In the context of local SEO, “LocalBusiness” Schema markup can be applied to a company’s location and contact information, such as business name, address, and phone number (or citation mention). Franchises and businesses engaged in multi-location SEO can leverage Schema to ensure search engines fully understand that each location is unique and therefore should be ranked according to geographic scope.
For each page on your site that represents a unique location, implement LocalBusiness Schema markup to define that location’s name, address, and phone number. You can also try Organization Schema tags and other forms of structured data markup to better optimize your website. If you’re looking for an advanced technical SEO strategy, this is one of the most powerful.
Canonicalization, or the application of canonical tags (aka “rel canonical”) is a way of telling search engines that a specific URL represents the primary version of a page. Using the canonical tag prevents SEO issues surrounding identical or “duplicate” content appearing on multiple URLs. In essence, canonicalization tells search engines which version of a URL you want to appear in search results.
It’s easy to think “Why would anyone duplicate a page?” and immediately discount canonicalization as something you don’t have to worry about. The confusion is that we as users perceive a page as a standalone concept, such the homepage. However for search engines, every unique URL is viewed as separate page.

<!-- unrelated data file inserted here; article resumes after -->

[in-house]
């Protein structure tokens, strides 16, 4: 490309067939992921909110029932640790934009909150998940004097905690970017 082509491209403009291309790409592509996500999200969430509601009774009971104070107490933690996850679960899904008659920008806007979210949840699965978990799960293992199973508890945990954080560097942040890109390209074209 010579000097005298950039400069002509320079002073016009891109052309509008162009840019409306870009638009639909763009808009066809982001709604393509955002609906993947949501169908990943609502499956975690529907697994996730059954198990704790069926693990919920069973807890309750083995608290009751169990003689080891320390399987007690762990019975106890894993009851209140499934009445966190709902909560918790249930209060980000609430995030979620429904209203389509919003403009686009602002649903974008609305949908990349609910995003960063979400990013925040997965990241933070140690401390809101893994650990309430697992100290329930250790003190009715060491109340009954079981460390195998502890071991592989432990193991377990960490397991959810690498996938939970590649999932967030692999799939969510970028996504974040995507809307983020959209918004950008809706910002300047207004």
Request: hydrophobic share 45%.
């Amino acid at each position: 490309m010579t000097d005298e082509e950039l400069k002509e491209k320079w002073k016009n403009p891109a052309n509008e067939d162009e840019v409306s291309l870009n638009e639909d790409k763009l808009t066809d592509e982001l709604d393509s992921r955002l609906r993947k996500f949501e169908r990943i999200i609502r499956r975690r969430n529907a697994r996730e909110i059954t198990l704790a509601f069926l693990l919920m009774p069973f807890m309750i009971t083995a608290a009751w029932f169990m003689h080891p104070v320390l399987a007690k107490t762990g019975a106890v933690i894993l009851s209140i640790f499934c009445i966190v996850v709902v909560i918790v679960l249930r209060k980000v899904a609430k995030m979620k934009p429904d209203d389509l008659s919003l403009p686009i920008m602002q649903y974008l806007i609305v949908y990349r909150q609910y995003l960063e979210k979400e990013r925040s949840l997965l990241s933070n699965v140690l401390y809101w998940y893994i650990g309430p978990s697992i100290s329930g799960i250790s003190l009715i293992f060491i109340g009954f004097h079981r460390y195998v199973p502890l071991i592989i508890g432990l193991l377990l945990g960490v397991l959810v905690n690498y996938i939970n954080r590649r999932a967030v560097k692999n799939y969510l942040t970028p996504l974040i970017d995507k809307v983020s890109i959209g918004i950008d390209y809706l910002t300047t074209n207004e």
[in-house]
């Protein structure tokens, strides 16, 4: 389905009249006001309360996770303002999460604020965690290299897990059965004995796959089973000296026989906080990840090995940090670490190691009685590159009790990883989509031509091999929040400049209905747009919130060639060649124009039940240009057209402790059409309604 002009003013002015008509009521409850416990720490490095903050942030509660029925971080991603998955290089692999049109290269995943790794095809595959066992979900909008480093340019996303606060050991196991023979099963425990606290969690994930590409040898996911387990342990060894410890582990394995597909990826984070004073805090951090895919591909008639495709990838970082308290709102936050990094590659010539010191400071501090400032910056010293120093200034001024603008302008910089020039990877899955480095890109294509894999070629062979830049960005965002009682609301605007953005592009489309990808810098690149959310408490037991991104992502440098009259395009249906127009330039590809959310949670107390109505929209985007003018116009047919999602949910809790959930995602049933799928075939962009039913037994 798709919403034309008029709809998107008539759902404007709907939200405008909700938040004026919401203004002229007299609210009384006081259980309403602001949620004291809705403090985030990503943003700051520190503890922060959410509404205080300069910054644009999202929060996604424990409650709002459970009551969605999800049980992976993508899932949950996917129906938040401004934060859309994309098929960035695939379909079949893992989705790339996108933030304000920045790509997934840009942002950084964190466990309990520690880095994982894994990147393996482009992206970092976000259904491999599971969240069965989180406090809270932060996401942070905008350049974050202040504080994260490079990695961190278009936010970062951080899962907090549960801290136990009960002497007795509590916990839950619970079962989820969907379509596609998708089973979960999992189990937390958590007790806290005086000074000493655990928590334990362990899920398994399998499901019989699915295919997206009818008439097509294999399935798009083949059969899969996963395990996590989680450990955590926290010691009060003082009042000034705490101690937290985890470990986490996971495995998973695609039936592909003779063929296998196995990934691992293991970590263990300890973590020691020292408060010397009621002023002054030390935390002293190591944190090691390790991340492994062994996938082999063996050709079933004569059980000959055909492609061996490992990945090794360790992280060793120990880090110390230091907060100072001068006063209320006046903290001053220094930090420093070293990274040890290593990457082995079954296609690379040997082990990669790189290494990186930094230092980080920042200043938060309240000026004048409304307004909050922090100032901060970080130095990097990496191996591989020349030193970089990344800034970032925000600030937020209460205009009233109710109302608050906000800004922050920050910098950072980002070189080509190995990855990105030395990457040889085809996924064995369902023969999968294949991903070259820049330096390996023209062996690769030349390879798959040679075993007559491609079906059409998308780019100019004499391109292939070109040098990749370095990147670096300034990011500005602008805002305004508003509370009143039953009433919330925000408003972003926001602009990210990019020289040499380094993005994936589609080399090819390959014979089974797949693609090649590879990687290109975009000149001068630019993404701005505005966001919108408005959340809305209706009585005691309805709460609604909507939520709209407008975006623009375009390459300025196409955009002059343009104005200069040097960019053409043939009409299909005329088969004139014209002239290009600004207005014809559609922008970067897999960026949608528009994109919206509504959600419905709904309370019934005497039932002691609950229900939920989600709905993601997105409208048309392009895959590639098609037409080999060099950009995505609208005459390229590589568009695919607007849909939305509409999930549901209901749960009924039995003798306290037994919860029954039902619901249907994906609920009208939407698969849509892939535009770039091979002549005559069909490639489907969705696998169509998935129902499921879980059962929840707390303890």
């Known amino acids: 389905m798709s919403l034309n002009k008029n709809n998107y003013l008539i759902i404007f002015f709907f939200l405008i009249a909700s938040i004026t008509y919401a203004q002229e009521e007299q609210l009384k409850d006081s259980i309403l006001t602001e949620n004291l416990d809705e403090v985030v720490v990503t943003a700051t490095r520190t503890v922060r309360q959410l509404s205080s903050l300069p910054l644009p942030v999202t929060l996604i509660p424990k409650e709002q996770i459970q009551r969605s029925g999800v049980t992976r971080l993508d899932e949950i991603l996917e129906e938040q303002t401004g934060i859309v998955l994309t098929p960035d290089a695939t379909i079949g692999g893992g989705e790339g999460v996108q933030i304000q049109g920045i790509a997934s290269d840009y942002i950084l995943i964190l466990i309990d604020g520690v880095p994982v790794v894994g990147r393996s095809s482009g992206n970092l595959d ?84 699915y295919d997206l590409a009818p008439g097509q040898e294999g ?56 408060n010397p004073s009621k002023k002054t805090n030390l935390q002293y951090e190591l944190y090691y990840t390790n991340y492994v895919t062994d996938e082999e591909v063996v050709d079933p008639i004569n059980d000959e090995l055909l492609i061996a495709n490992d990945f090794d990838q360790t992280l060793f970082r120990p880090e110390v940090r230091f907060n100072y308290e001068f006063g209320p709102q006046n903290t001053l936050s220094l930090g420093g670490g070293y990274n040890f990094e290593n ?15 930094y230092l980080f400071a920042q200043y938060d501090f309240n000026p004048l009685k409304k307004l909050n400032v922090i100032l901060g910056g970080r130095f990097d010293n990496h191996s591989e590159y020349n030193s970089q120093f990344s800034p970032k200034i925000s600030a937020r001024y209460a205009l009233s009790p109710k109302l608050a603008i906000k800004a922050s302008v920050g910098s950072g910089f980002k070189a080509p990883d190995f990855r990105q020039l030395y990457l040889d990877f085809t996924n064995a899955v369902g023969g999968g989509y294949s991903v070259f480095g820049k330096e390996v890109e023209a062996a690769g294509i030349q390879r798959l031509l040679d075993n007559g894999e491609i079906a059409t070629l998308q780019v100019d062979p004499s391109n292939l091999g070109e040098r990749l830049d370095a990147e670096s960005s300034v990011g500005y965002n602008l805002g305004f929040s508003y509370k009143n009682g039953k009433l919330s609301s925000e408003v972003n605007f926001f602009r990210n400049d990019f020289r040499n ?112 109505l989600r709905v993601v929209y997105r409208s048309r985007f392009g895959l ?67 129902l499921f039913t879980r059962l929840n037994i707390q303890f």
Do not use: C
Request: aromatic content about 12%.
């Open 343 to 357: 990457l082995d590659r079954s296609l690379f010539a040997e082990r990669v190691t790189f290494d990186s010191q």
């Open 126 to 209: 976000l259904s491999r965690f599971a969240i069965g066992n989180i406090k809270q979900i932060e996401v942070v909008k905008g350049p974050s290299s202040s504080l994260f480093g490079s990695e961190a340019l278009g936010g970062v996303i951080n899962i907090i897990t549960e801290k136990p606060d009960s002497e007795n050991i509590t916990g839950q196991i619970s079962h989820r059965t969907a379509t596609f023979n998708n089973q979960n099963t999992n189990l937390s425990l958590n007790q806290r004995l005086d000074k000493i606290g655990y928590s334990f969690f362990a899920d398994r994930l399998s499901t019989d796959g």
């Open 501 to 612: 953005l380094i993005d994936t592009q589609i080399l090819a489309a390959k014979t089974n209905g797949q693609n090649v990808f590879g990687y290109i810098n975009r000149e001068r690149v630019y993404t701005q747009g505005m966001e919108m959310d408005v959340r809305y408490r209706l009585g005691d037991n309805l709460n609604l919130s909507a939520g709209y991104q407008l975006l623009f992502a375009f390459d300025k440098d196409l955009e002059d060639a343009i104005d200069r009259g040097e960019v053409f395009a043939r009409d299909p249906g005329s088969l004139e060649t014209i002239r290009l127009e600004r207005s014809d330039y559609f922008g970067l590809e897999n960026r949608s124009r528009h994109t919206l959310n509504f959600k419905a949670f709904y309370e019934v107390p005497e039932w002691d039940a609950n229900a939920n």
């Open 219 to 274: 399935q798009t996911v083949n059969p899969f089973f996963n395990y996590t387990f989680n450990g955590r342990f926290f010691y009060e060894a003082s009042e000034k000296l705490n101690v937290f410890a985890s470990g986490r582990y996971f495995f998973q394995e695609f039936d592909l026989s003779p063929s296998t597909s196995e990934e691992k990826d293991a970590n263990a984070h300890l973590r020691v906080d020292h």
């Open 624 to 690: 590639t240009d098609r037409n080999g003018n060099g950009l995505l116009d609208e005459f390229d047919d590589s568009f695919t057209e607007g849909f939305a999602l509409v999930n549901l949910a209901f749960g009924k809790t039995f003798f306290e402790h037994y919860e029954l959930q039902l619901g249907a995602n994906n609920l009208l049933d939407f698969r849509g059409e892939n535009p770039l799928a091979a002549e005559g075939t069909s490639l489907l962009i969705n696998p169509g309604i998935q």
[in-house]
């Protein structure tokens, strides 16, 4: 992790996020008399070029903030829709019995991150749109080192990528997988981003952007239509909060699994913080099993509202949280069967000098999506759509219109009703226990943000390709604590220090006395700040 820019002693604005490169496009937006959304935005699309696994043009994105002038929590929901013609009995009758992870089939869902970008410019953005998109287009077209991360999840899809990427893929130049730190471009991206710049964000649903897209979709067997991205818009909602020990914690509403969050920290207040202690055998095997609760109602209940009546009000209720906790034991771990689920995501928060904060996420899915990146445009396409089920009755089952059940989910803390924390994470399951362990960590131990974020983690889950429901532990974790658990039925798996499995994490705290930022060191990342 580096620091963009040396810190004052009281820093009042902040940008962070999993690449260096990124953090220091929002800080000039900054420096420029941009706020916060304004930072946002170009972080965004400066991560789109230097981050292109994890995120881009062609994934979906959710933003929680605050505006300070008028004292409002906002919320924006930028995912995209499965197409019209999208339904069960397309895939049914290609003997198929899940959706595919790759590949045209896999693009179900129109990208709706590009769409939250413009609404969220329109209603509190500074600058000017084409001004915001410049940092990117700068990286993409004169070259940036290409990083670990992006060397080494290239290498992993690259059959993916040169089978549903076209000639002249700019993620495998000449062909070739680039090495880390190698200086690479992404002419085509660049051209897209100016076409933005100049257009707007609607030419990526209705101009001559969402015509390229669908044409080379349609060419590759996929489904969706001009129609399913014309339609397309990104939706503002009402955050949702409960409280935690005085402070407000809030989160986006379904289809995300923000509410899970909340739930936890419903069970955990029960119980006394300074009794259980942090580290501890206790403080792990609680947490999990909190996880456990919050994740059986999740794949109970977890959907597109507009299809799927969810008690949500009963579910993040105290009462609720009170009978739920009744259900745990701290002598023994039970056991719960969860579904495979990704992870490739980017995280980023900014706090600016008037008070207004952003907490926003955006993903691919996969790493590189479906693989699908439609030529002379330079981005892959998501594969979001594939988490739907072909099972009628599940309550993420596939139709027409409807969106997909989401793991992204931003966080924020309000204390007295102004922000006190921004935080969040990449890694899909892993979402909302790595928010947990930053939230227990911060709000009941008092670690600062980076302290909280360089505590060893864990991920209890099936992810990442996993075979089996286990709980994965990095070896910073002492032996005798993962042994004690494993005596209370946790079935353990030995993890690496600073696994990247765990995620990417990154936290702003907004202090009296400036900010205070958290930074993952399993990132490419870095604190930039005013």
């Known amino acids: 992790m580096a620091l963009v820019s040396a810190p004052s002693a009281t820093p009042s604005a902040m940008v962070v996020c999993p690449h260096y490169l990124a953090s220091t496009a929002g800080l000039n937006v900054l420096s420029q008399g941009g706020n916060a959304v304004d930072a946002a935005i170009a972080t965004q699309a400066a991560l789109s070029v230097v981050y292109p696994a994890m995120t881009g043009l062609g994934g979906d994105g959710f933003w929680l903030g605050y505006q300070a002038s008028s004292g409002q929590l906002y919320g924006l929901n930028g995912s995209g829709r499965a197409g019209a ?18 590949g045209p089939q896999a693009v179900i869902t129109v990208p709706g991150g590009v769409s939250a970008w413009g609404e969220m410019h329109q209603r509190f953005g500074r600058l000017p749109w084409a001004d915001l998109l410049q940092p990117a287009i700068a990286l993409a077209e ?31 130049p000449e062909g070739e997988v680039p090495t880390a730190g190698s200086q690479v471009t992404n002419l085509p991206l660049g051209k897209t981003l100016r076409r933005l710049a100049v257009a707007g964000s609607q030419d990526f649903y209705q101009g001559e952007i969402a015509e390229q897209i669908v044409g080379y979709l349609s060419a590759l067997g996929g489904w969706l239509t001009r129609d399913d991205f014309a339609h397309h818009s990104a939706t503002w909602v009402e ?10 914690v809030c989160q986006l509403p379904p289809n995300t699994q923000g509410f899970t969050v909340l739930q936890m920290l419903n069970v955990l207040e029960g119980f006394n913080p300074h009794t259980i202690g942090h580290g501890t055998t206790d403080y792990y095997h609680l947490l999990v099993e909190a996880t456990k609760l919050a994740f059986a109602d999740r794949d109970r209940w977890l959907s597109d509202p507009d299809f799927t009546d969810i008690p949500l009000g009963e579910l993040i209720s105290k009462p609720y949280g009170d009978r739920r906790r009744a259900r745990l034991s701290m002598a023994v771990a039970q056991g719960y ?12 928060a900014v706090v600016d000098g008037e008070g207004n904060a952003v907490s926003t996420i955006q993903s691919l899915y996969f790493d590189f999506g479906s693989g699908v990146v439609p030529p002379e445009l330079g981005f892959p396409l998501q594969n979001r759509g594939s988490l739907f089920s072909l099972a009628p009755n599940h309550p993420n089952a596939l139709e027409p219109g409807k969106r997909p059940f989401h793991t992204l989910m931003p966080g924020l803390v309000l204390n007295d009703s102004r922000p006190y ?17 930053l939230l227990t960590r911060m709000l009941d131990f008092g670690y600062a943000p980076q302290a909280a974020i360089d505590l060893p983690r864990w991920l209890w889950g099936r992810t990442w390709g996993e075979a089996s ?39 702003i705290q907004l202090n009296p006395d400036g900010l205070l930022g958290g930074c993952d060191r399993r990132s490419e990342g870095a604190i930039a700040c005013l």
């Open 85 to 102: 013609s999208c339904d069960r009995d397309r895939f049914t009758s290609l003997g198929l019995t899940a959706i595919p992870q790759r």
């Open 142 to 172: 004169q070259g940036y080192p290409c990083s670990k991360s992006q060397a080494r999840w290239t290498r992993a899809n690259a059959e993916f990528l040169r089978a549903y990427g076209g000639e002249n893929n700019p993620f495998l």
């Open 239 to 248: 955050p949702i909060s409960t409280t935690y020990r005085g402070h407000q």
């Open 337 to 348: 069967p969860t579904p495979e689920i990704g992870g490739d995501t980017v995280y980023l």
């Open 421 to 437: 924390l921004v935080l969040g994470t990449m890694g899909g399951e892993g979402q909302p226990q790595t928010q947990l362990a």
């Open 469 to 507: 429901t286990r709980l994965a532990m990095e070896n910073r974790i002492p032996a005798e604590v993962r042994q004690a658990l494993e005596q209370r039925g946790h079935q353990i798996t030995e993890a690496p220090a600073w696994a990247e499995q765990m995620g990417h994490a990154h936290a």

As a common example that can plague a site’s SEO, search engines might be able to reach a homepage in all of the following ways:
To users, each of the above URLs represent a single page, the homepage. To a search engines, each URL is a unique “page.” In this scenario, we can clearly see that there are five versions of the homepage in play. In actuality, this could be a small sample of the variations you might encounter.
For this reason, it’s best to implement canonicalization across your entire site. This will ensure that only that the specific URL you deem primary, or as the “master page,” ranks in the search results.
If you’re using a content management system (CMS) or platform like WordPress to manage your site, implementing a canonical tag on each page can be as easy as using a plug-in. The classic Yoast SEO plug-in offers a canonical tag feature that lets you define the master URL for a given page. Otherwise, your developer should be able to implement canonical tags manually.